I expected to wake up early, ride 25 miles to Eureka Kansas and say goodbye to the folks I've been riding with - then goof around till Lee showed up in a Jeep. But the Jeep was not to come. Between Army meetings, a pending divorce and moving, it's not a good time. He could have said so, but nobody is anxious to be a spoil-sport. It put the slightest hitch in my expectations, but realistically my life is still made out of cake.
I had a nice breakfast in town with Graham, Wendy and Matt. (The Eds disappeared and have not been seen.) We said our goodbyes and exchanged numbers. Then I went to the library for many hours. I was planning to seek beer when Lee gave me the news that a meetup was simply not possible.
I cut some pages out of my guidebook and hit the road. As I banged out some distance between myself and disappointment, a new plan formed in my head: just ride the fucking TransAm. No trains or buses or hitchhiking or shuttles. Just a long ride from Philadelphia to Astoria, and don't complicate it. I was looking at shuttles and options to go off-route to Denver to meet Tara in a couple weeks. Instead of paying for that and dealing with schedules, I'm just going to ride some longer days to give myself plenty of time to get to Denver first - on my handy dandy Hoopty. Like a real man.
Other than the heat, conditions were favorable. By that, I mean the wind wasn't against me. It was more or less behind me. Moments ago, I had been feeling a level of stress. (big surprise...ha.) It melted away.
I pedaled vigorously onward, and reflected on how ridiculous it was to feel stress! My worst day is another person's euphoria! People would beg for the chance to pedal over this vast expanse. I should feel nothing but exaltation. And with this thought, I began to.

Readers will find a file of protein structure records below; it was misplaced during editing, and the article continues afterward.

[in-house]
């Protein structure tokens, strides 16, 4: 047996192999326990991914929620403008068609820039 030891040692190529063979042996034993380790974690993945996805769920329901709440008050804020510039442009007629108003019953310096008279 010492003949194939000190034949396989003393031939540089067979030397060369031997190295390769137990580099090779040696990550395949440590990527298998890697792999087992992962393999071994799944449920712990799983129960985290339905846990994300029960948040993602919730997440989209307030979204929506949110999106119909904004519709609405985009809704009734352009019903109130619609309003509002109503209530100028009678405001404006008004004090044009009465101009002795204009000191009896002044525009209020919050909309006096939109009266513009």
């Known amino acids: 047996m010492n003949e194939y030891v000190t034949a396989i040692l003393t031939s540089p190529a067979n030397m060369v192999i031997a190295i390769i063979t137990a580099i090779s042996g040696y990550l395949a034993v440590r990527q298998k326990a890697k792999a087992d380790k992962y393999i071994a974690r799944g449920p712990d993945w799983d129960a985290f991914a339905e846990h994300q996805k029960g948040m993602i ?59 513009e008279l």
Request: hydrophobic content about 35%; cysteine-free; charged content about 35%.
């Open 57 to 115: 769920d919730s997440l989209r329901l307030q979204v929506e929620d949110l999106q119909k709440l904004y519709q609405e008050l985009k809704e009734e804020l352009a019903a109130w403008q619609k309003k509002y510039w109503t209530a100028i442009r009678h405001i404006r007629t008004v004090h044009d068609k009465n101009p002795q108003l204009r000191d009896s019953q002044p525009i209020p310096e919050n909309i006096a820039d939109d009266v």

I was pedaling alone, and I was happy. I dictated my own pace, and as usual, it was fairly fast. I exited a busier road, and took a right on a small farm road. Mi amor. Over the few hours since leaving Eureka, I cycled a vigorous 40 miles. I listened to music, and saw hundreds more cows than cars. At the tops of small inclines, I could see for miles.
I arrived in Cassoday - the next inhabited place. I saw Graham walking along the road to get a beer, and I pulled over to surprise him and compare notes. I was planning an additional 40 miles to take advantage of the favorable conditions, but when I saw the kiwis relaxing in camp, it was difficult to keep pedaling. The town park was shaded and pretty. I decided to stay.
I ate a pizza and drank a long row of 16oz beers. I went back for a sandwich and more beers. I leaned my back on the gazebo and satisfied all of my appetites. I think Graham was concerned about the number of cans lining up, but I didn't have much to explain. I set up camp, listened to music, and was unable to locate sleep. It was time to go.
I have a headlight; I have a tail light. The moon was a close approximation of full. I looked at the tiny sign next to the small farm road beside the park: Newton 38. Let's do this!
I packed quickly and filled my water bottles. Conditions could not be more perfect. I spun quickly and began burning off all of those cans of Natural Light. I kept a fast pace with a large moon rising over my left shoulder. The road was a straight line, and wide open fields assured full illumination. Corn to the left, wheat to the right. The wheat was practically glowing, and lightning bugs flashed toward me at the edges of the crops.
I covered the distance, and found myself pedaling on the streets of Newton by 1am. I was in a cookie-cutter banality of hotels and gas stations. I continued to sneak through, seeing only one person. A man on a folding chair watched me pass from his perch beside the bricks of a gas station. I emerged from the fields to his left as he watched the blinking hotel advertisement to his right. I snaked my way into a residential district and arrived at Main Street. The actual Newton, not the newfangled homogeneous interstate version. Half a mile later, I found the town park and put up a tent.
I found a nest of van-supported cyclists, and set up quietly on the periphery.